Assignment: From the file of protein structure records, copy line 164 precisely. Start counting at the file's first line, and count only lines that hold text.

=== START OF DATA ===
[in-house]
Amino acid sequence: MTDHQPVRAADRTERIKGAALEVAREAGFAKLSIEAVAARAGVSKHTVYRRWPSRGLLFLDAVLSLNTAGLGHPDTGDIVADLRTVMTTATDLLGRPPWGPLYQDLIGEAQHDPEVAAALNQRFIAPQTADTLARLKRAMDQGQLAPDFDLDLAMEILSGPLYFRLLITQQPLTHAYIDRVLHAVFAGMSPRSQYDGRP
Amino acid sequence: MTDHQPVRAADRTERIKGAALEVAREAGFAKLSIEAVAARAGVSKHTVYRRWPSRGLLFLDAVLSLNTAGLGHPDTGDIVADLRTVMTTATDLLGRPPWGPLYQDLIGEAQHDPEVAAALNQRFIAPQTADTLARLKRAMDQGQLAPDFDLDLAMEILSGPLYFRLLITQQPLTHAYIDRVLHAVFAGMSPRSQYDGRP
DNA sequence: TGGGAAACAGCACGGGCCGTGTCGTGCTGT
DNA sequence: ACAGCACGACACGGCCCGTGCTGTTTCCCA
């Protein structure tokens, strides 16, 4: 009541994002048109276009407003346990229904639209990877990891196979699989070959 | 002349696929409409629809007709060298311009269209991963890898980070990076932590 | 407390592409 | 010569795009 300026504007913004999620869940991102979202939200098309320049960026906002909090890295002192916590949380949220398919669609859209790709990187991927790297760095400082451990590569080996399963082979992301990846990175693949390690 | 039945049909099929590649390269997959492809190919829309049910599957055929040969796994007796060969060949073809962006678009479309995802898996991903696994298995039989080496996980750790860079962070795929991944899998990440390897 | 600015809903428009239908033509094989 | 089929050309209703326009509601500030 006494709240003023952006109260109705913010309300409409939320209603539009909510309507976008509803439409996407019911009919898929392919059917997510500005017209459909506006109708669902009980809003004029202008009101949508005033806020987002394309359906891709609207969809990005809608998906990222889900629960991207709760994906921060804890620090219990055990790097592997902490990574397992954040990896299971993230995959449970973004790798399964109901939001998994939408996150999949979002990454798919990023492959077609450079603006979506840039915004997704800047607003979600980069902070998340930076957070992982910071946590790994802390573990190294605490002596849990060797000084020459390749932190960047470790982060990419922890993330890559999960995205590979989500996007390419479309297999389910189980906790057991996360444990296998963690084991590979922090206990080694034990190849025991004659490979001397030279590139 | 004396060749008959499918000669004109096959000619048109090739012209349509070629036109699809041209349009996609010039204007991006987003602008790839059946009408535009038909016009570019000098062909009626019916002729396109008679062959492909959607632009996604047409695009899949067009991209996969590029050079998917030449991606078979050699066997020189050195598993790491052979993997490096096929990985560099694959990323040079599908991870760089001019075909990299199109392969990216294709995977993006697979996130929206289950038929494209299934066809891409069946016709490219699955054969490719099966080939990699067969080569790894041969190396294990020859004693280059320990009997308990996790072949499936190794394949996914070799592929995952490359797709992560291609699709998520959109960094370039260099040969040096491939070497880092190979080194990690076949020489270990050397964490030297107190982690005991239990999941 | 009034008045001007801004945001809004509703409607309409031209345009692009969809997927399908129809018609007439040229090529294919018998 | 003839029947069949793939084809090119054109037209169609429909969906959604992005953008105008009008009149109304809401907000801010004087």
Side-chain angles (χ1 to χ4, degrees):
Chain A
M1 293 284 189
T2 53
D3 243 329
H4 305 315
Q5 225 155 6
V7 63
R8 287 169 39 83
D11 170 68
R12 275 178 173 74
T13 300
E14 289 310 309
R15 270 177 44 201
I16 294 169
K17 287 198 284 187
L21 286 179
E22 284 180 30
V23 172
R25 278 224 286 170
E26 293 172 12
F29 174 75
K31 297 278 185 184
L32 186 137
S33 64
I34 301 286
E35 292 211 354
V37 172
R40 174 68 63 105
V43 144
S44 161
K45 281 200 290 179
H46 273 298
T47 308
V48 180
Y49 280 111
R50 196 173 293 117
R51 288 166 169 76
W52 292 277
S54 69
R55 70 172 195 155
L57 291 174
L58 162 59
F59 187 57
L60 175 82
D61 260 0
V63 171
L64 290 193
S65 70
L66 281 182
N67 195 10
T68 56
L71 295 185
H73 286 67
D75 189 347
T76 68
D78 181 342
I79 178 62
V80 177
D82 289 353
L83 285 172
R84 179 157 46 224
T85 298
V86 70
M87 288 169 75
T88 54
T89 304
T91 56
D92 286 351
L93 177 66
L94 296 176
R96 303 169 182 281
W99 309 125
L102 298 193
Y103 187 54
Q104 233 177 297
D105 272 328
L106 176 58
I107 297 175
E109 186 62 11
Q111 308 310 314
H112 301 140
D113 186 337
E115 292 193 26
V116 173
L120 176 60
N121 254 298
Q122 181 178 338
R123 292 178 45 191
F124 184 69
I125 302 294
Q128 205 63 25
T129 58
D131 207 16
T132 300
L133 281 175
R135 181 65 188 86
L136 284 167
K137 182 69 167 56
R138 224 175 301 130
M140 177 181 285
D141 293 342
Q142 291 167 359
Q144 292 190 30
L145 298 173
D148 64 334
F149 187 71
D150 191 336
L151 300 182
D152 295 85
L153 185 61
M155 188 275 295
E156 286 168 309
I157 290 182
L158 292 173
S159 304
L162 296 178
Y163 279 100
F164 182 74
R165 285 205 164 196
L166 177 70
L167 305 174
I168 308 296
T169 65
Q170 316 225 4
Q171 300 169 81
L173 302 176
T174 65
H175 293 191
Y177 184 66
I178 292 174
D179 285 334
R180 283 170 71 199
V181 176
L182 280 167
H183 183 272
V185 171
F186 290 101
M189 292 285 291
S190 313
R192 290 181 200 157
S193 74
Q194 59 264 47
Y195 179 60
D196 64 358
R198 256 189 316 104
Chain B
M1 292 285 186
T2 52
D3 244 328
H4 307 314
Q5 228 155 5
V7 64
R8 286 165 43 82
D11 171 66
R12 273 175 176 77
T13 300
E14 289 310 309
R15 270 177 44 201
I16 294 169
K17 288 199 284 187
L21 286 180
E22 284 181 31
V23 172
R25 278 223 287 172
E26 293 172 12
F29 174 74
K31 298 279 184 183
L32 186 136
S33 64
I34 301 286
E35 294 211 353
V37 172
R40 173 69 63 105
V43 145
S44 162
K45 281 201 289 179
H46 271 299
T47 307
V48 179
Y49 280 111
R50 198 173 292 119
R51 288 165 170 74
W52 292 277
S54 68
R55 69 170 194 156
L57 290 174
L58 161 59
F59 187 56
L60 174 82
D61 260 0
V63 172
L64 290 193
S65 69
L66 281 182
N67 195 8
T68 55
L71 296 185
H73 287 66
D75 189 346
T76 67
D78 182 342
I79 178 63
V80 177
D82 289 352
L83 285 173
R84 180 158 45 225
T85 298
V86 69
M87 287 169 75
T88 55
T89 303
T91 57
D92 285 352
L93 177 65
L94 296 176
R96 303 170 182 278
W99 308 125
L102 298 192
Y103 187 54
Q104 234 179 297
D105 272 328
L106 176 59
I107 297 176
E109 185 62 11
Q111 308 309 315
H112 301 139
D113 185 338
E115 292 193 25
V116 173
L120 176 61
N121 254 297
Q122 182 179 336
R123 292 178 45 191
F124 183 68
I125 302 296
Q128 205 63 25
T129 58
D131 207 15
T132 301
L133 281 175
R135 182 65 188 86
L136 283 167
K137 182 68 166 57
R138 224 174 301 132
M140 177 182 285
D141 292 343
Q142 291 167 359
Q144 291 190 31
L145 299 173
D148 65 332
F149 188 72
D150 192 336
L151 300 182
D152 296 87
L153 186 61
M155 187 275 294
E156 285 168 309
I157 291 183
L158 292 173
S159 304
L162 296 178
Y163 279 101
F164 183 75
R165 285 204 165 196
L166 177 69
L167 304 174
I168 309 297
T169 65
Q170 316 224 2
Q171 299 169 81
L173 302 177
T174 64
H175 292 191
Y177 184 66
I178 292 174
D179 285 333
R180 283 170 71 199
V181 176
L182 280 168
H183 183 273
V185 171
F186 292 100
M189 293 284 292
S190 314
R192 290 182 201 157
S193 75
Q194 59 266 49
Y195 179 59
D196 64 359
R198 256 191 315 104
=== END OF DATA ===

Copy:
E14 289 310 309